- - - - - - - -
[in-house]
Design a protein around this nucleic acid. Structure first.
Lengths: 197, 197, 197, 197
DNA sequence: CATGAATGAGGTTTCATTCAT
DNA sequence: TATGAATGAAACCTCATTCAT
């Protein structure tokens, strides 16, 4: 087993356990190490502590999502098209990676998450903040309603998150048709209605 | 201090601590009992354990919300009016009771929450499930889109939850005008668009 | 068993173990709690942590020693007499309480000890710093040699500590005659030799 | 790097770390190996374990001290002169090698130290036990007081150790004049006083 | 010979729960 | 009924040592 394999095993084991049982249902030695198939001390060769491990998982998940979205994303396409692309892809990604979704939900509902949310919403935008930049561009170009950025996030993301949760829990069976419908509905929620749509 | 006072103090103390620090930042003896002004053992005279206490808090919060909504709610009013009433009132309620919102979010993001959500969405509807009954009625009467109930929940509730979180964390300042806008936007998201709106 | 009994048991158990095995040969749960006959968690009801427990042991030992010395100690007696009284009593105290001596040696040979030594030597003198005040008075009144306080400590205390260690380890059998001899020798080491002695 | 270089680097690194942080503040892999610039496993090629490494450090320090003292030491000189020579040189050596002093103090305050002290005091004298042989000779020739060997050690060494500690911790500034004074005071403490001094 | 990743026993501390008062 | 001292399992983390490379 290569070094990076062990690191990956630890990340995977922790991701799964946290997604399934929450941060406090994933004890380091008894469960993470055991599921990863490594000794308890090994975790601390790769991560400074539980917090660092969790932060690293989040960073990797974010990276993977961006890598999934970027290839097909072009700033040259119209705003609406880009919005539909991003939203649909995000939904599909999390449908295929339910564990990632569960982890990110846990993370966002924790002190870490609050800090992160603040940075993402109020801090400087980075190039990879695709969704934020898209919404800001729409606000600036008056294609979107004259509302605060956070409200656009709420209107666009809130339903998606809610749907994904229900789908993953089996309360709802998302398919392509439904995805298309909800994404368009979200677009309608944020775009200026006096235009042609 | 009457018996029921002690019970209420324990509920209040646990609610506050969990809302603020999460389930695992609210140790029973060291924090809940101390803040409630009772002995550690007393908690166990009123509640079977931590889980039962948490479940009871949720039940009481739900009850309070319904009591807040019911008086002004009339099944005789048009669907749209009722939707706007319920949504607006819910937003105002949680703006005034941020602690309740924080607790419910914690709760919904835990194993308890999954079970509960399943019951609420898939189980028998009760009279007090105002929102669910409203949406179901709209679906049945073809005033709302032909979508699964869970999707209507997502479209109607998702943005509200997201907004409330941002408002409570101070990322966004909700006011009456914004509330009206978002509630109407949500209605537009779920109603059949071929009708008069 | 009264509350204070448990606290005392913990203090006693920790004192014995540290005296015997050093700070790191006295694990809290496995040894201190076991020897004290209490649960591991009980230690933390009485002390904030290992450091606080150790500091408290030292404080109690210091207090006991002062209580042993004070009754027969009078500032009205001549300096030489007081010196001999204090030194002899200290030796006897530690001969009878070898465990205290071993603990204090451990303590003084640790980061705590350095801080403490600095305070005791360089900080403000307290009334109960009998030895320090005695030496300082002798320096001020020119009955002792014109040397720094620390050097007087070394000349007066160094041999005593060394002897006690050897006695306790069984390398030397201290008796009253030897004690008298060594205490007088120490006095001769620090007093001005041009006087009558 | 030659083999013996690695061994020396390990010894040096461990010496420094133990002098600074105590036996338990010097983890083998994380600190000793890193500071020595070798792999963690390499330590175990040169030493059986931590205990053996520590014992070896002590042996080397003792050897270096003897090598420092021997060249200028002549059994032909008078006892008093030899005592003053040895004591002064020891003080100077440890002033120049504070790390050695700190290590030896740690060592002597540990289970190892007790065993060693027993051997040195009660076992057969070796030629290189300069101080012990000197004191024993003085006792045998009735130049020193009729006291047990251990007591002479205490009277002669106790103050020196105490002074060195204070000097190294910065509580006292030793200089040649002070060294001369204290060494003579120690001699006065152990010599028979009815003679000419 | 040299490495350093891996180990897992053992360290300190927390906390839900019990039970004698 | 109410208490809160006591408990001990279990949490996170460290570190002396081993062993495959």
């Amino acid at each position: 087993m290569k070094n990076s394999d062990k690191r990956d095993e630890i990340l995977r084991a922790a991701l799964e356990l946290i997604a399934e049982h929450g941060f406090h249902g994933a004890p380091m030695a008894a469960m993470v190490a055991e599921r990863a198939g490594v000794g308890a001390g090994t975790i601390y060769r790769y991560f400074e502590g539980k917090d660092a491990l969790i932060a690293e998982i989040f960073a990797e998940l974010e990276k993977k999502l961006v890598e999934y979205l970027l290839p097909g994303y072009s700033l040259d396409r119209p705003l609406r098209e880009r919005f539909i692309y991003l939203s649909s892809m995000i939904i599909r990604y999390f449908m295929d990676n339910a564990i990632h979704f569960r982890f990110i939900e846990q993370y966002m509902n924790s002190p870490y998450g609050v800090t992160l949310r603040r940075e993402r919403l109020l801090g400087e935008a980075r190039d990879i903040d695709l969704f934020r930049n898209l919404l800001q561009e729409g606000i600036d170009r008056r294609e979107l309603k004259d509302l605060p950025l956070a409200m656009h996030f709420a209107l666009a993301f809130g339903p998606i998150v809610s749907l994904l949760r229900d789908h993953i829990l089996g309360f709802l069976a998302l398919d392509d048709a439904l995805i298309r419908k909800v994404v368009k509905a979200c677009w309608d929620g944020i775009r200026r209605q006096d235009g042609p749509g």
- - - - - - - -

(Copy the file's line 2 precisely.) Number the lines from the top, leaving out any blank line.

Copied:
Design a protein around this nucleic acid. Structure first.